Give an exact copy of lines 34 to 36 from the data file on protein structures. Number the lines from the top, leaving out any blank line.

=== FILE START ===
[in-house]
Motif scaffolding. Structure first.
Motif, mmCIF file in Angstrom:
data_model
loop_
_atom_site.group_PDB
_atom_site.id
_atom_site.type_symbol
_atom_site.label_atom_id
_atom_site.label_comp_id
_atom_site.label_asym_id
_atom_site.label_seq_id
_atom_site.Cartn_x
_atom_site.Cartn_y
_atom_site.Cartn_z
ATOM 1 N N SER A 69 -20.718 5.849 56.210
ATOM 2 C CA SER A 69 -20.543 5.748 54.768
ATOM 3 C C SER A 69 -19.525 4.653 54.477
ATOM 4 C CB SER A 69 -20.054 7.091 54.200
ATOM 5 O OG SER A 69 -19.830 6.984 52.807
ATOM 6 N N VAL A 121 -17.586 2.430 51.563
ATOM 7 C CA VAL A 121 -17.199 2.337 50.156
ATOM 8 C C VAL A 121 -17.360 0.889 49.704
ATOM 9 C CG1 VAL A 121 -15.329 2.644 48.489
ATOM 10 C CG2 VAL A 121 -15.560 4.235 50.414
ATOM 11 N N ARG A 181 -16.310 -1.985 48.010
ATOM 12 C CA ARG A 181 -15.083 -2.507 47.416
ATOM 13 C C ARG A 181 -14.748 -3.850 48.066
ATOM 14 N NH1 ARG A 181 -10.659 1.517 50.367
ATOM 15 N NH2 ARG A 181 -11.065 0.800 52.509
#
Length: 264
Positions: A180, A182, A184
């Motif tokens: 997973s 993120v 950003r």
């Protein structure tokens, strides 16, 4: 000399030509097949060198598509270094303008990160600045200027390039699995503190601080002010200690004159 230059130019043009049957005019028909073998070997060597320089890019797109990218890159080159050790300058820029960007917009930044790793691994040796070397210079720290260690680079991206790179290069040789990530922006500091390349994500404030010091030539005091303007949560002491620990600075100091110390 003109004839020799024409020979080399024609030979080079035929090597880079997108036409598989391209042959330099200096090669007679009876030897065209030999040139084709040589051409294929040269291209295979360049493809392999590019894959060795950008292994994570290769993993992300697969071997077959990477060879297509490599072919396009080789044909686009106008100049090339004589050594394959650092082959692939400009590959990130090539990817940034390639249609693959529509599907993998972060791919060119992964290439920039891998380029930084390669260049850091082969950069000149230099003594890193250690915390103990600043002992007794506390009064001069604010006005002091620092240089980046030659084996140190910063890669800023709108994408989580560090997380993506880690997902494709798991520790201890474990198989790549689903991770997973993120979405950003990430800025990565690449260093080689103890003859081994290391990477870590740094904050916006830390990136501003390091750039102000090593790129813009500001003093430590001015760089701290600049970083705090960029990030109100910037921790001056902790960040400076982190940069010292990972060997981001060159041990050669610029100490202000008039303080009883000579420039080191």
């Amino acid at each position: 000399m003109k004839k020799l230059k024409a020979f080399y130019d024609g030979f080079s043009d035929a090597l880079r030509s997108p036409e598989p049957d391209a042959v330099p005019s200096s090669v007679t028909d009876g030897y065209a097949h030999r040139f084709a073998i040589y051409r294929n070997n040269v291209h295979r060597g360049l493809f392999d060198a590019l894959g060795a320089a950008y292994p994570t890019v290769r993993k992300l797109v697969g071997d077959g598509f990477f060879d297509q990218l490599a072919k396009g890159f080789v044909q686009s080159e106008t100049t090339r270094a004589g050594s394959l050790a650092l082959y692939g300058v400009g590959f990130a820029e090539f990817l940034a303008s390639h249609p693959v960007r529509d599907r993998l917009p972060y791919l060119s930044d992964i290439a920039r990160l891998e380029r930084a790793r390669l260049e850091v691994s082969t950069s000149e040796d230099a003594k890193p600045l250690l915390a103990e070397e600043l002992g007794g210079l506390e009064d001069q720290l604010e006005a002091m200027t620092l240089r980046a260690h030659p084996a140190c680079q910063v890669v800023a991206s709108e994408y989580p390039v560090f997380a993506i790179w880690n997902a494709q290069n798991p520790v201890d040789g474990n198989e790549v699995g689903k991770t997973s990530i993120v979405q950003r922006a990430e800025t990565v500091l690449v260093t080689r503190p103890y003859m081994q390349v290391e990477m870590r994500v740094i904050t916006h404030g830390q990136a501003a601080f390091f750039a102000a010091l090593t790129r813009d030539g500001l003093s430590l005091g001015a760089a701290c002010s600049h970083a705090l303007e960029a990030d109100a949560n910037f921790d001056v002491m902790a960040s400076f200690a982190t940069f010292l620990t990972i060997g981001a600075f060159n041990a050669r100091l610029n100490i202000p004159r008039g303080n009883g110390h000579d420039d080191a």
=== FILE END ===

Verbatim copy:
């Motif tokens: 997973s 993120v 950003r």
């Protein structure tokens, strides 16, 4: 000399030509097949060198598509270094303008990160600045200027390039699995503190601080002010200690004159 230059130019043009049957005019028909073998070997060597320089890019797109990218890159080159050790300058820029960007917009930044790793691994040796070397210079720290260690680079991206790179290069040789990530922006500091390349994500404030010091030539005091303007949560002491620990600075100091110390 003109004839020799024409020979080399024609030979080079035929090597880079997108036409598989391209042959330099200096090669007679009876030897065209030999040139084709040589051409294929040269291209295979360049493809392999590019894959060795950008292994994570290769993993992300697969071997077959990477060879297509490599072919396009080789044909686009106008100049090339004589050594394959650092082959692939400009590959990130090539990817940034390639249609693959529509599907993998972060791919060119992964290439920039891998380029930084390669260049850091082969950069000149230099003594890193250690915390103990600043002992007794506390009064001069604010006005002091620092240089980046030659084996140190910063890669800023709108994408989580560090997380993506880690997902494709798991520790201890474990198989790549689903991770997973993120979405950003990430800025990565690449260093080689103890003859081994290391990477870590740094904050916006830390990136501003390091750039102000090593790129813009500001003093430590001015760089701290600049970083705090960029990030109100910037921790001056902790960040400076982190940069010292990972060997981001060159041990050669610029100490202000008039303080009883000579420039080191």
């Amino acid at each position: 000399m003109k004839k020799l230059k024409a020979f080399y130019d024609g030979f080079s043009d035929a090597l880079r030509s997108p036409e598989p049957d391209a042959v330099p005019s200096s090669v007679t028909d009876g030897y065209a097949h030999r040139f084709a073998i040589y051409r294929n070997n040269v291209h295979r060597g360049l493809f392999d060198a590019l894959g060795a320089a950008y292994p994570t890019v290769r993993k992300l797109v697969g071997d077959g598509f990477f060879d297509q990218l490599a072919k396009g890159f080789v044909q686009s080159e106008t100049t090339r270094a004589g050594s394959l050790a650092l082959y692939g300058v400009g590959f990130a820029e090539f990817l940034a303008s390639h249609p693959v960007r529509d599907r993998l917009p972060y791919l060119s930044d992964i290439a920039r990160l891998e380029r930084a790793r390669l260049e850091v691994s082969t950069s000149e040796d230099a003594k890193p600045l250690l915390a103990e070397e600043l002992g007794g210079l506390e009064d001069q720290l604010e006005a002091m200027t620092l240089r980046a260690h030659p084996a140190c680079q910063v890669v800023a991206s709108e994408y989580p390039v560090f997380a993506i790179w880690n997902a494709q290069n798991p520790v201890d040789g474990n198989e790549v699995g689903k991770t997973s990530i993120v979405q950003r922006a990430e800025t990565v500091l690449v260093t080689r503190p103890y003859m081994q390349v290391e990477m870590r994500v740094i904050t916006h404030g830390q990136a501003a601080f390091f750039a102000a010091l090593t790129r813009d030539g500001l003093s430590l005091g001015a760089a701290c002010s600049h970083a705090l303007e960029a990030d109100a949560n910037f921790d001056v002491m902790a960040s400076f200690a982190t940069f010292l620990t990972i060997g981001a600075f060159n041990a050669r100091l610029n100490i202000p004159r008039g303080n009883g110390h000579d420039d080191a």